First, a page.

New Rules on Patient Access and Information Blocking Proposed by ONC and CMS

The HHS’ Office of the National Coordinator for Health Information Technology (ONC) and the Centers for Medicare and Medicaid Services (CMS) introduced new rules addressing patient access and information blocking on February 11, 2019. The new rules are intended to improve interoperability and meaningful exchange and use of health data. The rules will help to increase competition and put patients in control their health information.

One of the primary objectives is to make health data accessible through application programming interfaces (APIs). Consumers utilize various smartphone apps to pay bills and access data. It should be just as easy to access healthcare information via apps. Electronic healthcare information should be made available to patients at no cost.

The new rules require healthcare providers and health plans to employ data sharing technologies which allow the coordination of care with other healthcare providers and health plans. Any time a patient would like to see a new doctor or would like to switch to a new health plan, transfer of their health information should be easy.

The CMS rule suggests that by 2020, sharing of electronic health data and claims data with patients via an API will be required of all healthcare organizations that are working with Medicare and Medicaid. With this requirement, patients could easily change their health plans and get their claims information electronically.

The ONC rule revised its conditions of certification. Health IT developers will be required to publish APIs to allow patients to access their data with no special effort. The objective is for healthcare organizations to use standardized APIs to help access both structured and unstructured health information through mobile devices such as smartphones.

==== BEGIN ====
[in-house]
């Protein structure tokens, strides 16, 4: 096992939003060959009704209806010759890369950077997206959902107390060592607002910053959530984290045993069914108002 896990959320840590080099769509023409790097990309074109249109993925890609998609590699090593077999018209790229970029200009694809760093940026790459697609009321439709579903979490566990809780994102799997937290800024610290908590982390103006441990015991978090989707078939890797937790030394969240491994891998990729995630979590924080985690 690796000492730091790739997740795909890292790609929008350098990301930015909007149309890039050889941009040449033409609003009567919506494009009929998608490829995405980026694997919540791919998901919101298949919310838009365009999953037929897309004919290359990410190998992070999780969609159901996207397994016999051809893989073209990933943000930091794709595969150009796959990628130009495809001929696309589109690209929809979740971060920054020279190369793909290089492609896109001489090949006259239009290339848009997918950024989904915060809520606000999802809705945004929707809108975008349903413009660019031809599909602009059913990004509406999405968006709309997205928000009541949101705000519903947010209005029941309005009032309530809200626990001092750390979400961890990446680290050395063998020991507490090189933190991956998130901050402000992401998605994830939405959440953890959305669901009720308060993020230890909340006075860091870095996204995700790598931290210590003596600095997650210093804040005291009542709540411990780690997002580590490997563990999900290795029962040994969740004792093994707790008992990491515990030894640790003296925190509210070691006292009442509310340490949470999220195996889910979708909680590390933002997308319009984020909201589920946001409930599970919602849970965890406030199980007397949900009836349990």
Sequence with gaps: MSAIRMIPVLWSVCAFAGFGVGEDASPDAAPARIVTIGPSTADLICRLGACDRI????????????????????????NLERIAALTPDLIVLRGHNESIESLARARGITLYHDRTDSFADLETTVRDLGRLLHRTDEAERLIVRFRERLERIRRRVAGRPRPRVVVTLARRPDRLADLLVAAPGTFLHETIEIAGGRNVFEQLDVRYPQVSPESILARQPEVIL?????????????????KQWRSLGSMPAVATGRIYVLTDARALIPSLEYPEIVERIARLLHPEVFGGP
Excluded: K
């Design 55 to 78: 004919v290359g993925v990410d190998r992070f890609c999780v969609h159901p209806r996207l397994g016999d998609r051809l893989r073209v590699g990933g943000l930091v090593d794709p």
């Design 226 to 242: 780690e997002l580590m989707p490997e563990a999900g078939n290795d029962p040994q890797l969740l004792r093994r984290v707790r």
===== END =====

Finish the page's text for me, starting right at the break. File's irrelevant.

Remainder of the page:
The ONC rule enforces the information blocking provisions of the 21st Century Cure Act. ONC has added 7 more exceptions to the information blocking regulation – Actions and activities that are not classified as information blocking.

  • Practices that ensure the privacy of electronic health data
  • Practices that prevent patients from coming to harm
  • Practices that ensure the protection of electronic health data
  • Maintaining and enhancing health IT performance through user agreement
  • Failing to honor requests to access, exchange, and use electronic health data if it is not feasible under the circumstances or would involve a significant burden
  • Recouping reasonable expenses to permit the exchange, usage, and access of electronic health data
  • Licensing of technical artifacts to assist with the interoperability of electronic health data on reasonable and non-discriminatory terms

The ONC has recommended that healthcare providers discovered to be obstructing information sharing should be listed publicly to dissuade them from information blocking and suggests that financial penalties may be appropriate.

HHS Secretary Alex Azar explained that the goal of these proposed rules is to move the nation’s healthcare program a step closer to a level where patients and physicians can access the health data they need, allowing them to make smarter care and treatment decisions. These changes are necessary to develop a healthcare system which pays for value ınstead of procedures, particularly by empowering patients and consumers rights.